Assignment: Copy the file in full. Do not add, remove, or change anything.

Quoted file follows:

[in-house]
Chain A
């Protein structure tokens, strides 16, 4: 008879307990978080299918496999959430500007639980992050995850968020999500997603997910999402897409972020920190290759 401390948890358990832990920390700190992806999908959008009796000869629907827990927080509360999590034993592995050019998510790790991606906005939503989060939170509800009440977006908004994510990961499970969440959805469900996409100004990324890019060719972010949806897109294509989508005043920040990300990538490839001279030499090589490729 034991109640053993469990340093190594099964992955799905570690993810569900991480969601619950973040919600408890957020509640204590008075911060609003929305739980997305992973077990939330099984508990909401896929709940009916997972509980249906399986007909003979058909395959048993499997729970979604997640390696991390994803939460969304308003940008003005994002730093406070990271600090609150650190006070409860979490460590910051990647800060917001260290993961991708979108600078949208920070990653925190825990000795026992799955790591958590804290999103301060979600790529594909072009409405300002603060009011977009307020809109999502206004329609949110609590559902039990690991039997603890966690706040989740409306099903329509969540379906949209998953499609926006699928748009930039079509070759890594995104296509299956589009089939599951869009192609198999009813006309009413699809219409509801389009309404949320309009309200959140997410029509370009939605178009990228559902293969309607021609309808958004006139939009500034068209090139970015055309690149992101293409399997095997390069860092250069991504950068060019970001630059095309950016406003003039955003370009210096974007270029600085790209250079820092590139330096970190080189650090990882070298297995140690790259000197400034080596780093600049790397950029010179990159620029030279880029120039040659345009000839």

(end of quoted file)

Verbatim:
[in-house]
Chain A
């Protein structure tokens, strides 16, 4: 008879307990978080299918496999959430500007639980992050995850968020999500997603997910999402897409972020920190290759 401390948890358990832990920390700190992806999908959008009796000869629907827990927080509360999590034993592995050019998510790790991606906005939503989060939170509800009440977006908004994510990961499970969440959805469900996409100004990324890019060719972010949806897109294509989508005043920040990300990538490839001279030499090589490729 034991109640053993469990340093190594099964992955799905570690993810569900991480969601619950973040919600408890957020509640204590008075911060609003929305739980997305992973077990939330099984508990909401896929709940009916997972509980249906399986007909003979058909395959048993499997729970979604997640390696991390994803939460969304308003940008003005994002730093406070990271600090609150650190006070409860979490460590910051990647800060917001260290993961991708979108600078949208920070990653925190825990000795026992799955790591958590804290999103301060979600790529594909072009409405300002603060009011977009307020809109999502206004329609949110609590559902039990690991039997603890966690706040989740409306099903329509969540379906949209998953499609926006699928748009930039079509070759890594995104296509299956589009089939599951869009192609198999009813006309009413699809219409509801389009309404949320309009309200959140997410029509370009939605178009990228559902293969309607021609309808958004006139939009500034068209090139970015055309690149992101293409399997095997390069860092250069991504950068060019970001630059095309950016406003003039955003370009210096974007270029600085790209250079820092590139330096970190080189650090990882070298297995140690790259000197400034080596780093600049790397950029010179990159620029030279880029120039040659345009000839």